Why Having Less In NYC Will Make You A Better Person
In a city of plenty, most people live with less in The Big Apple: less space, less money, less luxury. And yet there’s a beautiful thing in living with less [but shelling out way more than you'd like], especially when coming from a life of easy luxury. Most New Yorkers have known a prior life in which they weren’t scrounging for every penny or square foot, but they'll all tell you that they've never felt like they were living with less because somehow, somewhere along the way, having less just makes you a humbler person. At some point of living in NYC, not having everything you're used to doesn't matter anymore, and you realize you might just be a better person for it.
Learning The Art Of Saving And Appreciating Money
Ask a New Yorker about his savings, and he'll tell you that it's usually competing with something called rent and groceries. Regardless of whether you're living in the coveted brownstones of Manhattan, the happenin' parts of Brooklyn or the more wallet-friendly neighborhoods of Queens and Staten Island, New York City is ex-pen-sive. End of story. Putting away savings is an act accomplished by few because most New Yorkers make just enough to pay their rent, bills and have a little fun enjoying the best city in the world. But, boy, the money you do put away will never feel more like a gold mine than when you live in New York. What's more is that if you never learned how to save before, you'll learn pretty quickly how to accommodate for your short-term, mid-term and long-term expenses — or you'll just go broke. Whereas a dollar just feels like a dollar outside of NYC, it feels like a quarter in The Big Apple. And while at times you'll feel like you are living in poverty watching every penny you spend, you'll be humbled by the fact that you can still afford so much more than the guy literally living on the street, and you'll appreciate every dollar you make more than you could have ever imagined.
Learning How To Do Things The Hard Way
It's probably accurate enough to say that a good portion of New Yorkers never washed a dish the “old-fashioned” way (you know, by scrubbing it by hand with soap and then rinsing…and then doing it again until the sink is empty), let alone walked through the rain and snow just to get a gallon of milk or do a load of laundry before moving to the city. That's because most New Yorkers knew a life of dishwashers and cars and homes with high-end appliances before giving it all up to “live the life” in the concrete jungle. It's a shame that you never realize how convenient and stress-free your life is until you're left without the everyday items that make it that way, which is why initially living without a washer/dryer unit can feel like the end of the world.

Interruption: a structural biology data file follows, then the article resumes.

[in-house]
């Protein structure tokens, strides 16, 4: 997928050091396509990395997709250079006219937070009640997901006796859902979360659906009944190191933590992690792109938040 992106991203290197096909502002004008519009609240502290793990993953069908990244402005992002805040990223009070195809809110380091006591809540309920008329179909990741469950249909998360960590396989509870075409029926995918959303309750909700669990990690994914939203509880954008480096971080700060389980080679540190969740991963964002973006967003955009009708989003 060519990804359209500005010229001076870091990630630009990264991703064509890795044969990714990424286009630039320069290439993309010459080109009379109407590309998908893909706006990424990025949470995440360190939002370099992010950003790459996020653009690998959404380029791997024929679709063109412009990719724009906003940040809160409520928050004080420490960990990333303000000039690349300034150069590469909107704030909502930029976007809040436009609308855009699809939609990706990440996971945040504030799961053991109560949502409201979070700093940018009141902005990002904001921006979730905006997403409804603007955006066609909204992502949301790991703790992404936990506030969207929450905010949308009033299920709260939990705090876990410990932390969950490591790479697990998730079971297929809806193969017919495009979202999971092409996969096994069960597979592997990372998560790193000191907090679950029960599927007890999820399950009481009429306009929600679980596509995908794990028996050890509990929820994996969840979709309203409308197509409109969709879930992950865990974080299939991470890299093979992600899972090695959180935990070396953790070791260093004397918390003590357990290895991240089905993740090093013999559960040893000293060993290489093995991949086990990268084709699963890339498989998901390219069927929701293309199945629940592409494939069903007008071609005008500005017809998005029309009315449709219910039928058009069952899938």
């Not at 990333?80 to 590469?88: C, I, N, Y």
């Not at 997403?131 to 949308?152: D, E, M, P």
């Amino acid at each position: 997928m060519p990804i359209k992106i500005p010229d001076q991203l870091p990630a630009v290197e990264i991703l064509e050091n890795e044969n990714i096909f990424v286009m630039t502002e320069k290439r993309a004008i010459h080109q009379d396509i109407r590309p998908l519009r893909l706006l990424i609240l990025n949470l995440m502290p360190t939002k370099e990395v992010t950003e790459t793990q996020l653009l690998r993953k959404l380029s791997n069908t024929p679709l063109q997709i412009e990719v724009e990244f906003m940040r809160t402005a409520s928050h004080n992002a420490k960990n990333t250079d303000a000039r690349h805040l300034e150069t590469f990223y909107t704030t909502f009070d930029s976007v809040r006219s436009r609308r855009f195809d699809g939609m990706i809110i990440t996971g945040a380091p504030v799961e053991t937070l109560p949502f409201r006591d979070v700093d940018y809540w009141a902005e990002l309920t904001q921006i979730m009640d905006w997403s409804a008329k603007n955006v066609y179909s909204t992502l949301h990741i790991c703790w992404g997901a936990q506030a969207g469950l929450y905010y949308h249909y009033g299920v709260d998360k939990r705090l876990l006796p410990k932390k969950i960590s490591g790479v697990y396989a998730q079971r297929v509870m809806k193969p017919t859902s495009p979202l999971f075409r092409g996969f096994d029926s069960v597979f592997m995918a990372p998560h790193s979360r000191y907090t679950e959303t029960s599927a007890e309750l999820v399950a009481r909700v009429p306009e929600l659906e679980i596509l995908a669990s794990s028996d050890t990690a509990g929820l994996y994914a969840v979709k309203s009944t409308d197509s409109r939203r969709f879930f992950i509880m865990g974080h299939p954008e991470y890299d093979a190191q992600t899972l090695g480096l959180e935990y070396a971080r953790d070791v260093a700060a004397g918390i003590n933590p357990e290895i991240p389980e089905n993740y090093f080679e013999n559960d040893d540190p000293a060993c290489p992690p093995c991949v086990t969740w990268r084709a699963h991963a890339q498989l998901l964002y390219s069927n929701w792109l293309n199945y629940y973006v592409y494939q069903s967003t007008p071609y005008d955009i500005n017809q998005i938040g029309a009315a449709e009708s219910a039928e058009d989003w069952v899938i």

I actually have to PAY for my laundry and SIT at a public laundromat for HOURS on my day OFF?! I have to WALK in this disgusting weather with 10 lbs of groceries?! There's no central air or heat in my apartment building?!
Yeah, you sound like a brat just as much you think you do — but it's not your fault. Taking away anything from someone who is used to having it makes for a rude wake-up call, but luckily you're only losing things you can live without. Being stripped of your everyday luxuries is one of biggest trade-offs for living the NYC experience, but you'll never take any item of convenience for granted again. It's a priceless experience knowing how it feels when you have to adjust to doing things the hard way because you don't get to afford the luxuries so many other people have. But you know what? If you hadn't been living in your Middle America fishbowl, you would probably know first-hand how many people right in your backyard live without the “everyday” conveniences of having a car, or a dishwasher, or a personal washer/dryer — and they're all doing just fine. Adjusting to doing things the hard — or “old-fashioned” — way in NYC is not only a learning experience for knowing how to deal with life when your environment abruptly changes, but it's also a guaranteed method to make sure you never take the little things for granted ever again.
Learning To Enjoy The Smaller Things In Life
With less money and less conveniences, coping with living in NYC can be a doozy at first. What do you even do when it seems like just about every social event costs an arm and a leg? You get creative. You learn how absolutely beautiful the New York City skyline is sparkling off the Hudson during a stroll along the water. You find out how much you enjoy catching up with a friend over a glass of wine on your rooftop, or how much fun it can be to rummage the weekend flea market just because it's something to do. The beautiful reality about NYC is that the opportunities to occupy yourself are limitless, and not everything needs to cost money or be a big production. Discovering all the ways you can make your dollar stretch and still have a fabulous weekend is a skill you'll appreciate no matter where life takes you after your time in the big city. And that is something that is a valuable lesson you can pass on to anyone.
To the outside world, New Yorkers give off the impression that they're living the ultimate life, a life that lacks nothing. Take a walk in their shoes, and you'll realize that New Yorkers actually live without a lot less of the material things than you might know — but it's perfectly okay. Having less in NYC feels more plentiful than living anywhere else, and how can your heart not be content with that?